This is not a blanket statement but I have tended to find that people who look down on the inadequacies of 'chavs' are often quite 'chav-y' themselves.
Tuesday, 4 April 2017
"Such as we are made of, such we be." - ShakespeareA basic tenet of Aristotelian philosophy is that all beings act in accordance with their nature.
Unfortunately he thought that slavery was justified on this basis, i.e. that slaves were slavish and therefore rightly treated as such.
Yet modern lessons can be learnt from this tenet.
That is to say, the influences of mass mind control and cultural programming through school, the media, the working world and other instruments of conformity might not be as definitive as is sometimes made out, provided that alternative angles are available and accessible.
For example, school does not usually provide a strong moral education in so far as Natural Law and Philosophy is concerned, but those who are philosophical and ethical by nature will come, with time and maturity, to look at sources of information that do offer such angles.
Conversely, those who feel at home in looking down on others and conformist bigotry generally will ignore philosophical books and read newspapers.
Those driven to practical activity will become practical workers, those driven to worldly power and financial wealth will become politicians and businessmen, those driven to seeking truth will become scientists, conspiracy researchers or philosophers, those driven to creative expression will become artists and so on.
Nature has provided a corrective to the world's caprice, as Seneca put it, as manifested in conventional homogenisation and artificial belief systems by making people, if they have the courage and will to do so, act according to their nature.
Thus we can always expect that some will be moral, concerned with truth and humane, even when mainstream culture has gone awry in its immorality, greed and superficiality.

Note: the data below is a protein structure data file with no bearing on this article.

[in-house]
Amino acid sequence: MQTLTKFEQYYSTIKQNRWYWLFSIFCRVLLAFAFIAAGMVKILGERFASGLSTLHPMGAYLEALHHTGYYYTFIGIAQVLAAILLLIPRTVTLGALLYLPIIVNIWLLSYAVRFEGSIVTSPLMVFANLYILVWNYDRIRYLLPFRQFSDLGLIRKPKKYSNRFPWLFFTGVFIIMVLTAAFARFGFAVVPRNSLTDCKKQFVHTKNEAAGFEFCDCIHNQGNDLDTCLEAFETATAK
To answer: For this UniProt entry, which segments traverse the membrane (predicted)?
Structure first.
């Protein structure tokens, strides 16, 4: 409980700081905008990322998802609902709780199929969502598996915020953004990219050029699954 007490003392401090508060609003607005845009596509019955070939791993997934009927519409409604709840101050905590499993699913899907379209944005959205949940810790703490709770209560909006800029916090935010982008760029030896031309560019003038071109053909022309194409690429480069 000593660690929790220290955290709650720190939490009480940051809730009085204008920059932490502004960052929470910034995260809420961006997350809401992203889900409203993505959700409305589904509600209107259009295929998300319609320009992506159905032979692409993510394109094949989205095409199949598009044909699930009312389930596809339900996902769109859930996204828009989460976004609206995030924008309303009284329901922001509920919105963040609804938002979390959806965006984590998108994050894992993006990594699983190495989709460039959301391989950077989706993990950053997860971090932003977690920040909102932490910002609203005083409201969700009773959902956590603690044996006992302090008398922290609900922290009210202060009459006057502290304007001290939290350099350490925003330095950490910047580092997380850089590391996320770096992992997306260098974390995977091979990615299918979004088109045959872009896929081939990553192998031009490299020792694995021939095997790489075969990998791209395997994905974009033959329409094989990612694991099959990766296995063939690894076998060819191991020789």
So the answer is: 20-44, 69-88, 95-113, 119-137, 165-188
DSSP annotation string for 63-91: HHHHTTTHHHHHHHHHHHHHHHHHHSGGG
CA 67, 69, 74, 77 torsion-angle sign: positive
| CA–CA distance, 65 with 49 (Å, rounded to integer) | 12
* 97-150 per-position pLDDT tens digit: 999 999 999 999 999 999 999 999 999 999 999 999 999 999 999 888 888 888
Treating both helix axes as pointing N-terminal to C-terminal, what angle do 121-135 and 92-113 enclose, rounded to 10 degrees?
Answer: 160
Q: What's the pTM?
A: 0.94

Similarly, we can always count on practical people to achieve practical things which are essential for any society to function.
On the negative side, however, we can always be sure that there will be some power-hungry individuals who seek positions of worldly influence and manipulation because that is their in their nature.
In that regard, in the most simplistic of terms, empaths will act empathetically, psychopaths psychopathically, philosophers philosophically, craftsmen craftily, artists artistically, intellectuals intellectually, sportsmen physically, sensitive people sensitively, abusive people abusively, narcissists narcissistically etc.
That being said, working out one's nature and acting in accordance with it can be a task of long duration, especially if this requires unlearning a great deal of false information not relating to one's true self and then, in addition, a need to accept oneself for who one is rather than what one would like to be.
It goes without saying that the same individual may partake of several natures at once, e.g. artist, intellectual, practical, physical and sensitive.
I think it should be obvious that some personalities, particularly introverted, uncompetitive ones, are highly penalised by the mainstream working world in its people-oriented, uncreative and competitive aspects and certainly the world of busy-ness.
It has been shown that extroverts earn more as a whole than introverts and reach higher positions in most money-making sectors, unpaid deep philosophising not being one of them.
Areas that would be conceivable for me to work in such as care and translation are notoriously underpaid.
I gave up on careers a long time ago seeing that whatever skills I may possess are not valued by money-making institutions.
In my opinion, the worst thing about (secondary) school is not the waste of time, getting the bus in the morning, the homework, the teachers, the low-level of information, the lack of proper life and technical guidance, the canteen food but the nasty and petty interactions that occur between pupils, i.e. bullying, name calling, stigmatisation, shunning, mocking, demeaning, stealing.
In other words: the rule of the lowest common denominator, which always means the dominance of the lowest level of consciousness imaginable. This is why reading William Golding's Lord of the Flies during this period was akin to getting the first taste of truth about the world that adults around me at the time miserably failed to impart me with.
Nonetheless because of these phenomena I shut myself off from my sensitive as well as my creative selves, became a fearful person full of resentment and conformist bigotry as I grew older, loathed humanity and acquired a psychology of learned helplessness, i.e. that there being no correctives to dominator, abusive behaviour you have no choice but to let yourself be trampled on.
It took me seventeen years to liberate myself from the damage caused by the toxic environment of adolescent state schooling.